“People have the time to investigate these brands and what they stand for.”
“A brand no longer needs to tell us what it stands for; a brand has to tell us what it’s doing.”
As bricks-and-mortar businesses slowly open under new COVID-19 safety guidelines, e-commerce popularity has increased. During this time, shoppers gained more freedom to research brand commitment to sustainability, according to Marshal Cohen, chief industry adviser of the data and analytics company The NPD Group, Inc.
“We’ve had more time to investigate brands and make decisions. People have the time to investigate these brands and what they stand for.”
“People are looking for something that gives them hope. There is a lot of depressing news. Even within the fashion industry, it’s been negative—how factory workers are being treated and brands not paying, while billionaires are making a lot of money while people are suffering. With sustainable brands, it gives you a relief and ability to contribute to something that is positive,” says fashion retailer Rachel Faller.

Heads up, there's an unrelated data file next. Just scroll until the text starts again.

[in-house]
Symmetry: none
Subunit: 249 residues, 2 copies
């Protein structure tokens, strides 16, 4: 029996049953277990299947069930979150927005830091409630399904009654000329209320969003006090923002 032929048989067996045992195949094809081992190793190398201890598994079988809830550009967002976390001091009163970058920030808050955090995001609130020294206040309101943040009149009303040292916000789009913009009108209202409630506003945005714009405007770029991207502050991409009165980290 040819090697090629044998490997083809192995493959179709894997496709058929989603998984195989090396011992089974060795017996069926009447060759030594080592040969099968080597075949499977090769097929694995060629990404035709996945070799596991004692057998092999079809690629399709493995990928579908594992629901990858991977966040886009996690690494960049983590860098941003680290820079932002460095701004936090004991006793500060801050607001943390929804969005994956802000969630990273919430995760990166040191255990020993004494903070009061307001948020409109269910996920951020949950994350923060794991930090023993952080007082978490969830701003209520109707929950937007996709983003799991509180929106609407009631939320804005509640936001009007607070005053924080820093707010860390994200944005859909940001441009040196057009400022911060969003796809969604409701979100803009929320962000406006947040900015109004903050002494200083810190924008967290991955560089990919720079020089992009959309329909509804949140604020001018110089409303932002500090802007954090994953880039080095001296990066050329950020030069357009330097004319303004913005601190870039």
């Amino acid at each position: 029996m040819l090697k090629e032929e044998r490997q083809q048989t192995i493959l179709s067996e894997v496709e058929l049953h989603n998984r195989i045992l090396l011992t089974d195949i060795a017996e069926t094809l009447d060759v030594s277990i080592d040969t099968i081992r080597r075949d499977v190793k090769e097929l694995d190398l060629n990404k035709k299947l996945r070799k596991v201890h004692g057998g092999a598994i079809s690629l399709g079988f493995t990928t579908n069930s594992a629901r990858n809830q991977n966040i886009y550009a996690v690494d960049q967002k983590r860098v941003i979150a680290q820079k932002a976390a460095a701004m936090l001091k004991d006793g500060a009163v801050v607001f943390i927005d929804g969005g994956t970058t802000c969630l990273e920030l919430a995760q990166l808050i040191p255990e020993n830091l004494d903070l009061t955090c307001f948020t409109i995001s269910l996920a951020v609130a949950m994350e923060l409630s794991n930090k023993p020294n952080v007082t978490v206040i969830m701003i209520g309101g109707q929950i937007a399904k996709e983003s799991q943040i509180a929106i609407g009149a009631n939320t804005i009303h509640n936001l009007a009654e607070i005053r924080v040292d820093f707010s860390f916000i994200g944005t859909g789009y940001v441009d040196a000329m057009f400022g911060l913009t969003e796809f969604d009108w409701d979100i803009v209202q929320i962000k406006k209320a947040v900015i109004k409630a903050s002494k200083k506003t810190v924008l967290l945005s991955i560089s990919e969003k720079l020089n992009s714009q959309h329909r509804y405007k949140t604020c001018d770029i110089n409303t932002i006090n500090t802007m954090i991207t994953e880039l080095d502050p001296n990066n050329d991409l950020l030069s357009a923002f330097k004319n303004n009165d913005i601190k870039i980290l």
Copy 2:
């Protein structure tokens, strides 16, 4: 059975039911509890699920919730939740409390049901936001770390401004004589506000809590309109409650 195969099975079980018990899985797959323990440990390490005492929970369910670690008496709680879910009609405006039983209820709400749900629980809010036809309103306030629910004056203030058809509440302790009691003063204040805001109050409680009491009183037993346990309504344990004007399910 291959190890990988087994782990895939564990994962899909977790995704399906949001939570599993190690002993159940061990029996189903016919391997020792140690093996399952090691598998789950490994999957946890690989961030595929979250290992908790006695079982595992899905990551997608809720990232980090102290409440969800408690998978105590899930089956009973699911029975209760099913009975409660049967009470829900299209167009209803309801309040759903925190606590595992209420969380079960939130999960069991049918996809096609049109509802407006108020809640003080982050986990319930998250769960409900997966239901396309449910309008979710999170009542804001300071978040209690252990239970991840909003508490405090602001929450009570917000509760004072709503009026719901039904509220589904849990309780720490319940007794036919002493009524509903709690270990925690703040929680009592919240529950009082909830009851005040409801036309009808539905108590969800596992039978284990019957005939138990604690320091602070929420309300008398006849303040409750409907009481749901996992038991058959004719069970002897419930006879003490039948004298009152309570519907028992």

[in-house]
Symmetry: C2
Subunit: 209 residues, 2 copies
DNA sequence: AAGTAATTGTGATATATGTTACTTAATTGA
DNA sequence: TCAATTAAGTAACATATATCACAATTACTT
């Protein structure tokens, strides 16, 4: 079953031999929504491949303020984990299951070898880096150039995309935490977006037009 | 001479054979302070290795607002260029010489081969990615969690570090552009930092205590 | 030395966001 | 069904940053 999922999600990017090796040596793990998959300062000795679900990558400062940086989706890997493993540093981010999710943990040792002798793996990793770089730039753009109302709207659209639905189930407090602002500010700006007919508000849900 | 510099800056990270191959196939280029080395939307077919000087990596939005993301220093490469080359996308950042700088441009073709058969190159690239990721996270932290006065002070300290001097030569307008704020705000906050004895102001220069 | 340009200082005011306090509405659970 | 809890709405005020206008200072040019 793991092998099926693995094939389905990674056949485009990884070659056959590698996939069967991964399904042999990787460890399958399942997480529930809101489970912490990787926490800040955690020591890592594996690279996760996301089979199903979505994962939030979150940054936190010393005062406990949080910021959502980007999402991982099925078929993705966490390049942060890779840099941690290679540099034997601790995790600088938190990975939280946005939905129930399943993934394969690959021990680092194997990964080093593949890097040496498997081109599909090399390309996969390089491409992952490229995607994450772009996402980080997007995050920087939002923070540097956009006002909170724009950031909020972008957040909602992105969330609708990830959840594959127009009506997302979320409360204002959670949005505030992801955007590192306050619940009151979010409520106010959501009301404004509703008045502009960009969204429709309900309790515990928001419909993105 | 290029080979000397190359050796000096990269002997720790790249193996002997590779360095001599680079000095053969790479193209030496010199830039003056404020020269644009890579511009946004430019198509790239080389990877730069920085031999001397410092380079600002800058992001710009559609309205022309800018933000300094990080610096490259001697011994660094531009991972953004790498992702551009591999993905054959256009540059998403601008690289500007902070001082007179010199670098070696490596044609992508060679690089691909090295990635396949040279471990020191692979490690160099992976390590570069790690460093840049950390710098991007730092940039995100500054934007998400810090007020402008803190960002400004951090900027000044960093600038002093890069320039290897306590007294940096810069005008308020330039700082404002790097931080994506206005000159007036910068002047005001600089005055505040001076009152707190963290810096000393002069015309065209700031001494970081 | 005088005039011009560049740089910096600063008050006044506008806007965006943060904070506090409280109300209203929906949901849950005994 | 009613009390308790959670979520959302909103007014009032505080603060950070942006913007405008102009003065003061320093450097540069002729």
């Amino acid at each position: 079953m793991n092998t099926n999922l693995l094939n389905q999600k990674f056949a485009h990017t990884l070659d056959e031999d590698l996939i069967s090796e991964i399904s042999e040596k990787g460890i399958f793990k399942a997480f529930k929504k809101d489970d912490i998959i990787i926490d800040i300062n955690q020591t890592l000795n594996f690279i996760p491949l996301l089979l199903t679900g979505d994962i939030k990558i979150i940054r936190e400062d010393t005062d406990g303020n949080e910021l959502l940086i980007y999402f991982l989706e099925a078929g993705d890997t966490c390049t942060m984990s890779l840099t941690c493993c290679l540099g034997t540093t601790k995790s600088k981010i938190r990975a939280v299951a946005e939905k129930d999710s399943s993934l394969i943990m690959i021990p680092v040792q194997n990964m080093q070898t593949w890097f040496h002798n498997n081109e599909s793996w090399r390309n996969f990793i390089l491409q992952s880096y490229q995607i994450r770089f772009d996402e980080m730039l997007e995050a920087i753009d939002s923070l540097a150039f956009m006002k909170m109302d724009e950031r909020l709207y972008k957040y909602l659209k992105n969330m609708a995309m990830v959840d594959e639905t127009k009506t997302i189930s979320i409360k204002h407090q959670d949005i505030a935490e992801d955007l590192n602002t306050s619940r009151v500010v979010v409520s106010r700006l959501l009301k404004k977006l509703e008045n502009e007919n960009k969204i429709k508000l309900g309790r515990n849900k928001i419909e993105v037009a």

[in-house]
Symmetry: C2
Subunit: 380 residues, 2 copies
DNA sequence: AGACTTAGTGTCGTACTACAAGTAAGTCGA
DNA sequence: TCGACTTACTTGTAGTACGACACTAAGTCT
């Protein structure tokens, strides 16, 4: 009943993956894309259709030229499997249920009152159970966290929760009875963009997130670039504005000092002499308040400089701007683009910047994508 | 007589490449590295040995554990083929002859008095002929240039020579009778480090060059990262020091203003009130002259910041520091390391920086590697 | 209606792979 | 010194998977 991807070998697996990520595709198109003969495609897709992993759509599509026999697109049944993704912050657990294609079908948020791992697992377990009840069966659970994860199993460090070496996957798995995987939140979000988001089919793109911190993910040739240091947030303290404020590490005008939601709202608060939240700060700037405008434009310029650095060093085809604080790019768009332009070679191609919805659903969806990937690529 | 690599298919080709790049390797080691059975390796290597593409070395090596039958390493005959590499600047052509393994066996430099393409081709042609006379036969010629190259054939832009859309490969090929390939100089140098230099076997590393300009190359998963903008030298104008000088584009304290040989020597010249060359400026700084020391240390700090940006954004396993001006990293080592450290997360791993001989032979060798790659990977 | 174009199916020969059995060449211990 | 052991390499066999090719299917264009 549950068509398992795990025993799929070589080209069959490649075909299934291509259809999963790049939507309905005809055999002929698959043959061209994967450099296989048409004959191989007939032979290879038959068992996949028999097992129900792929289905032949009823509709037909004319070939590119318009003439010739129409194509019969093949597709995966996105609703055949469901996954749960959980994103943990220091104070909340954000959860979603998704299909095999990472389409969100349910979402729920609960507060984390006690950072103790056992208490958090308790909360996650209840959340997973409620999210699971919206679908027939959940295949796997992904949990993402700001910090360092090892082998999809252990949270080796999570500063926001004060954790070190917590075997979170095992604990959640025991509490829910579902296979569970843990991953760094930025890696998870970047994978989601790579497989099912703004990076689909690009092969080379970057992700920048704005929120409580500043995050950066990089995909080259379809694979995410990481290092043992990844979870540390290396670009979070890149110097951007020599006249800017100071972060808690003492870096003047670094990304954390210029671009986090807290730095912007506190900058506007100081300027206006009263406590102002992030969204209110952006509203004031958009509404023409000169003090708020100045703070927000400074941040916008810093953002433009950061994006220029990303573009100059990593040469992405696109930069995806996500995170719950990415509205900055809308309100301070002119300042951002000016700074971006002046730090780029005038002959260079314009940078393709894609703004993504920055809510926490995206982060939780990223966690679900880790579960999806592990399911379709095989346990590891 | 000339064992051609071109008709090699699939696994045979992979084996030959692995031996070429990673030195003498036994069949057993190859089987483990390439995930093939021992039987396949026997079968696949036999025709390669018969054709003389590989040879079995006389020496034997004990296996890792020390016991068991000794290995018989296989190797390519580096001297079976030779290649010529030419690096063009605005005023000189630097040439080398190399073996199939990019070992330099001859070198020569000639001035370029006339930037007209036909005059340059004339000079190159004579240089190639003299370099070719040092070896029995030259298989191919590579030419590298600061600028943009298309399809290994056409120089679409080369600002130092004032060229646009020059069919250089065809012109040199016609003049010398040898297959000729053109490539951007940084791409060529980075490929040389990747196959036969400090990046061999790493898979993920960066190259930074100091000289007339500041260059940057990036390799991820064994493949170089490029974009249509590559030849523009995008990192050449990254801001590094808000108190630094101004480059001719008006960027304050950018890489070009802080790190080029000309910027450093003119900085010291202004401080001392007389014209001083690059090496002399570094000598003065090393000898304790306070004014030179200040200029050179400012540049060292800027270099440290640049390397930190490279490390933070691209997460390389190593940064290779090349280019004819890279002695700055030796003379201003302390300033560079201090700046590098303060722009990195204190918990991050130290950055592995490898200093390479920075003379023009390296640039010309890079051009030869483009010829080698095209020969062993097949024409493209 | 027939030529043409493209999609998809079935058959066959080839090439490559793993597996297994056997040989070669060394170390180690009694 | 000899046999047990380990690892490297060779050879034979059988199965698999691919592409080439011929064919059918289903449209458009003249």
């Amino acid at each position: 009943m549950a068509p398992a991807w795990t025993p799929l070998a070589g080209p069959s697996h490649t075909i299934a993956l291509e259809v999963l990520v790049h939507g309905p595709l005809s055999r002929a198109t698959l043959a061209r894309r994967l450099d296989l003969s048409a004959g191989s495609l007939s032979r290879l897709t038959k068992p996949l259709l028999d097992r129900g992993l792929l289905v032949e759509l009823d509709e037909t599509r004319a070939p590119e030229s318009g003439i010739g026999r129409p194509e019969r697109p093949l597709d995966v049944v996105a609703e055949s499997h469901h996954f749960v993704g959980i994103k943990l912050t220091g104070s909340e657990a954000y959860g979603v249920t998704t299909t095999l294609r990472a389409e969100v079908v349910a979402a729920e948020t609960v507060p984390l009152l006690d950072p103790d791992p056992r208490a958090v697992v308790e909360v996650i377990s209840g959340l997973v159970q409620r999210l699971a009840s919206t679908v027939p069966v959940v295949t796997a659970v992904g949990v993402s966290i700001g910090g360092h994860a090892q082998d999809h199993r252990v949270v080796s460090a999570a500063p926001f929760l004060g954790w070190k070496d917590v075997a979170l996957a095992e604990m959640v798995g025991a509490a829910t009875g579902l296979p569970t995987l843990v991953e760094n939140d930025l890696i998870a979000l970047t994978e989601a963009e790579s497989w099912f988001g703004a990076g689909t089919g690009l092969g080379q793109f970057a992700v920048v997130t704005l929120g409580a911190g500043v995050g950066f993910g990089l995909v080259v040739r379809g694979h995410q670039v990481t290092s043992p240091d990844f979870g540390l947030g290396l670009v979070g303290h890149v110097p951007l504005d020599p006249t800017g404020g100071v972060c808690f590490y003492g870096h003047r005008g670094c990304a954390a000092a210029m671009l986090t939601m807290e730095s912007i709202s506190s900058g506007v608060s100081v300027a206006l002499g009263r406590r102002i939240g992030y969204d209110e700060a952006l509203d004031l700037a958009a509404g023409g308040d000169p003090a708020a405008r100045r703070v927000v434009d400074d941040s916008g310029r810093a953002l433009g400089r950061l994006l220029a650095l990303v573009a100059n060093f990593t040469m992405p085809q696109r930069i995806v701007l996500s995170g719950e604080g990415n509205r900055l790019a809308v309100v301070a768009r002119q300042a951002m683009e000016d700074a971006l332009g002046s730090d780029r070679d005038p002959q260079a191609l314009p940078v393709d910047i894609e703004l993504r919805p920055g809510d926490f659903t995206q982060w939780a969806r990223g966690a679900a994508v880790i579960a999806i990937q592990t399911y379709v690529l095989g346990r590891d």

“People are more concerned about how things are made and are paying attention to quality as opposed to big manufactured goods. I believe there is an emphasis on supporting brands with positive values that are focusing on pushing out quality. People are spending less but investing in ethical and sustainable brands that do well and look great,” says another fashion retailer, Randall Bachner. “Made-to-order sustainable clothes has been a story our audience loves.”
“A brand no longer needs to tell us what it stands for; a brand has to tell us what it’s doing,” Cohen said. “The consumer has to prove to the brands that this means something to them. Not just another marketing tool.” APPAREL NEWS